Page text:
Council to fund e-learning devices for home-schooled children
South Ribble Borough Council has committed £20,000 towards the provision of e-learning tablets for disadvantaged children being home-schooled due to COVID-19.
Local families have faced enormous pressure as a result of enforced school closures - particularly those who don't have access to the necessary technology.
Now an executive cabinet decision has been made to use money from reserve funds to launch a pilot project targeting four of the most deprived parts of the borough.
The scheme will initially run across Bamber Bridge, Kingsfold in Penwortham and the Broadfield and Wade Hall areas of Leyland; and will provide devices to children who would not otherwise have access to them.
Schools will also be able to keep the devices once children are able to return to classrooms.
Councillor Matthew Tomlinson, Cabinet Member for Finance, Property and Assets at South Ribble Borough Council, said: "It fills me with pride to have signed this executive decision. Initiatives like this remind me why I first became a councillor in 1999: to create opportunities, hope and prospects for those who are not afforded them; and to find creative solutions for our community so that we can all thrive and prosper.
"We have committed £20,000 to the provision of tablets to children who are being home-schooled, but who do not have the necessary technology to access e-learning. This equates to 151 devices for some of South Ribble's most vulnerable children.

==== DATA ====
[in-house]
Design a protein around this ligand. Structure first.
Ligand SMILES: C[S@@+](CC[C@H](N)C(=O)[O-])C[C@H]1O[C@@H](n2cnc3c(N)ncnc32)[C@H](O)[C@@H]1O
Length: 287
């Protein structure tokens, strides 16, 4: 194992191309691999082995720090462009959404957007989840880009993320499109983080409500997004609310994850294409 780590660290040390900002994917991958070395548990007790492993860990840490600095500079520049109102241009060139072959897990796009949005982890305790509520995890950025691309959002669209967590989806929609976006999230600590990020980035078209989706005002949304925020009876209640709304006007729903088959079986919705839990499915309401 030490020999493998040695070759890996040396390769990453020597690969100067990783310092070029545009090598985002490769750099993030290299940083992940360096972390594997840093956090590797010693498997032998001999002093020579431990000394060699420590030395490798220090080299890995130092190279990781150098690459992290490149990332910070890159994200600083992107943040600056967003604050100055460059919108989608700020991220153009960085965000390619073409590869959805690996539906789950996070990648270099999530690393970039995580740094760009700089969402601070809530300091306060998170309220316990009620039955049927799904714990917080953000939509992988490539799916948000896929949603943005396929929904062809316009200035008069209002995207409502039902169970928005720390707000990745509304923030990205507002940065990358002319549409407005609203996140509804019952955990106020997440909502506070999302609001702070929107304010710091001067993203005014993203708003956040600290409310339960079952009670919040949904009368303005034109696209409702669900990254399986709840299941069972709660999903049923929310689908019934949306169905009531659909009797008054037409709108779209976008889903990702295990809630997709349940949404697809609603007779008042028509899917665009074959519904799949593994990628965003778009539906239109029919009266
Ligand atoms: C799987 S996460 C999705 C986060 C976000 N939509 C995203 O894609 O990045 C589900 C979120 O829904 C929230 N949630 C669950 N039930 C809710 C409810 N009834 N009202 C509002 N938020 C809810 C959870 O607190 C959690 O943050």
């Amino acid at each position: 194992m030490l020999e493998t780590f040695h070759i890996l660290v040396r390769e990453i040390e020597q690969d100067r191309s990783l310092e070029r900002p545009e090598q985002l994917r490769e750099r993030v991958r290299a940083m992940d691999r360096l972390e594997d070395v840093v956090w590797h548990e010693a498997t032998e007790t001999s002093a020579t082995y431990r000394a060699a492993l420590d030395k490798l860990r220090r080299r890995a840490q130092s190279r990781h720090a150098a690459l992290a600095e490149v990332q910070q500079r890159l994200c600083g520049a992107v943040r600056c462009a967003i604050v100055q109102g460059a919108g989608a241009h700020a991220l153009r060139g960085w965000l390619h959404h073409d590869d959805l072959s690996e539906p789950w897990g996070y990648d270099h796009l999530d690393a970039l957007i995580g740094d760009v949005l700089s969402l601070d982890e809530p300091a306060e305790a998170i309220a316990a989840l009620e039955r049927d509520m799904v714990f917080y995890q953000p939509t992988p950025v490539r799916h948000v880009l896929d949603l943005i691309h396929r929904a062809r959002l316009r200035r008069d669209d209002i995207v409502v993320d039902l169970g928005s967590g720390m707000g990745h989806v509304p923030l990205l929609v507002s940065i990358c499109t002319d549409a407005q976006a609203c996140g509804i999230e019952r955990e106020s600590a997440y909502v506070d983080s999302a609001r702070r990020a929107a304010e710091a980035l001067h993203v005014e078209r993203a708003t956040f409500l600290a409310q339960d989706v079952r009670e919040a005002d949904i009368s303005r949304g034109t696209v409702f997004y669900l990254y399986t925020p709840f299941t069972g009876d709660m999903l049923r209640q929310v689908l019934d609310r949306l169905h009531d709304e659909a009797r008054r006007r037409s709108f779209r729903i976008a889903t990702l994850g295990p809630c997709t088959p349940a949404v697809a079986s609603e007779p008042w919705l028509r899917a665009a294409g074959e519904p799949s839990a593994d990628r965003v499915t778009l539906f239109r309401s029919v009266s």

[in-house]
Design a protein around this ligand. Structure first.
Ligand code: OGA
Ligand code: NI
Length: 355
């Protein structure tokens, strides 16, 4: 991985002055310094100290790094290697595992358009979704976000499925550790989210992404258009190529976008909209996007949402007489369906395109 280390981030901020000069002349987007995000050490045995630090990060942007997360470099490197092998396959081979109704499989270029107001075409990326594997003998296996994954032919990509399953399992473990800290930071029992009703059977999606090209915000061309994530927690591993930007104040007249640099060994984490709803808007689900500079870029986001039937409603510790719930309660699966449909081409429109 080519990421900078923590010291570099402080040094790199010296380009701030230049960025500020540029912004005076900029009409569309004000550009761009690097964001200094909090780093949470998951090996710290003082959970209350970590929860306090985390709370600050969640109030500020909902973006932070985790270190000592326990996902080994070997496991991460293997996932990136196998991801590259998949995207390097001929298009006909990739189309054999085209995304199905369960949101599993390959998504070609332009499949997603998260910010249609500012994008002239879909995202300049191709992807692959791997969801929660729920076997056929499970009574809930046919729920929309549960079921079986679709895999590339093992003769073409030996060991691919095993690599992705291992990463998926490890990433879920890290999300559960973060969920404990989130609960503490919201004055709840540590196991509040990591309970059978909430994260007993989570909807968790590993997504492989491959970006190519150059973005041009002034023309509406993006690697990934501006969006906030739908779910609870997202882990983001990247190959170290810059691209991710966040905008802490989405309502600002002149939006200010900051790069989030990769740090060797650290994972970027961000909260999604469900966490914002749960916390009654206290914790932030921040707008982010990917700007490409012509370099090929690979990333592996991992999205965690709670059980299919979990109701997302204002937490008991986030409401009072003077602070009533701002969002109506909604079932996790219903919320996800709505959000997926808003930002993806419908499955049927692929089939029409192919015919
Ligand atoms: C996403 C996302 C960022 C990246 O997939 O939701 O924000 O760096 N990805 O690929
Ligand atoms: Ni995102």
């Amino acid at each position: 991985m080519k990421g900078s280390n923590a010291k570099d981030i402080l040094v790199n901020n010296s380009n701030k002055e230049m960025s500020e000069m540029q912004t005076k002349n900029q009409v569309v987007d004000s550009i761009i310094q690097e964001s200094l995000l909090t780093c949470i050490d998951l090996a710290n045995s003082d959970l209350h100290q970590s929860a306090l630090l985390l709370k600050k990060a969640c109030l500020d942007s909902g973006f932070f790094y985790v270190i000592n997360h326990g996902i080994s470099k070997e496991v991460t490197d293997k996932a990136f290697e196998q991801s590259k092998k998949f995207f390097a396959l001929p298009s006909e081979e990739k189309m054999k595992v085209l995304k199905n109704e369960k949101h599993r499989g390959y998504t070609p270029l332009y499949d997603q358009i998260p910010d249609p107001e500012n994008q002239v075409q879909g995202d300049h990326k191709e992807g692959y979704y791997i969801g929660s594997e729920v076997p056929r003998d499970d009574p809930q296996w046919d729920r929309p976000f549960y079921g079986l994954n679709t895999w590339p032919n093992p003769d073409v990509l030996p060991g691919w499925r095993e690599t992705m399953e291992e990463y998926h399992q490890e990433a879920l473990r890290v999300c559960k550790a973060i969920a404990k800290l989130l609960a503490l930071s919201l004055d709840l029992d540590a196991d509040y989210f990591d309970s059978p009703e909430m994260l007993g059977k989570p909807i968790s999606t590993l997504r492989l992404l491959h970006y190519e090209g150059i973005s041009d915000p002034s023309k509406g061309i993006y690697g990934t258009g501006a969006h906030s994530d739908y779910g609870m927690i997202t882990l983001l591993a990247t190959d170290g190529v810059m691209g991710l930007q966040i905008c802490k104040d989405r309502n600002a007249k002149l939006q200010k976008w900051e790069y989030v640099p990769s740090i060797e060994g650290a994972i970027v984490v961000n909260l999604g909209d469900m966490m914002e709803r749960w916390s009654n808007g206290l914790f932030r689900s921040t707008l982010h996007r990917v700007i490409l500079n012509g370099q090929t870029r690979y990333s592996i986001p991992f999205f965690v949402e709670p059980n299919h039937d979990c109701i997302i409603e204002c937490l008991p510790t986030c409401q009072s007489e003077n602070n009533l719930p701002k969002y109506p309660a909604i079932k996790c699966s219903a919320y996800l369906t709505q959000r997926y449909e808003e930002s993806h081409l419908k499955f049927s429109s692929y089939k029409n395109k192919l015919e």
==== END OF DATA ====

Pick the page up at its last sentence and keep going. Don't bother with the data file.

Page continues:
"I am really looking forward to hearing stories of schoolchildren receiving and then using their new kit - it will be such a highlight amid what is a really tough time at the moment.
"Finally, I am really pleased to say that all the devices allocated to children will remain in the ownership of the school even after this period of home-schooling comes to an end - so it will also help schools with learning resources in the long run.
"This council is determined not to let the COVID-19 pandemic disrupt children's education and development and we are confident that this £20,000 will go a long way to supporting their learning."
Schools in the area have already been able to apply for a central government grant under the 'Get Help With Technology' scheme. However, a further tightening of government guidelines restricting classroom spots to the children of 'critical workers' only has led to even more pupils being adversely affected.
The Council has been liaising with schools to see where there is still a need for further support with regard to the provision of devices.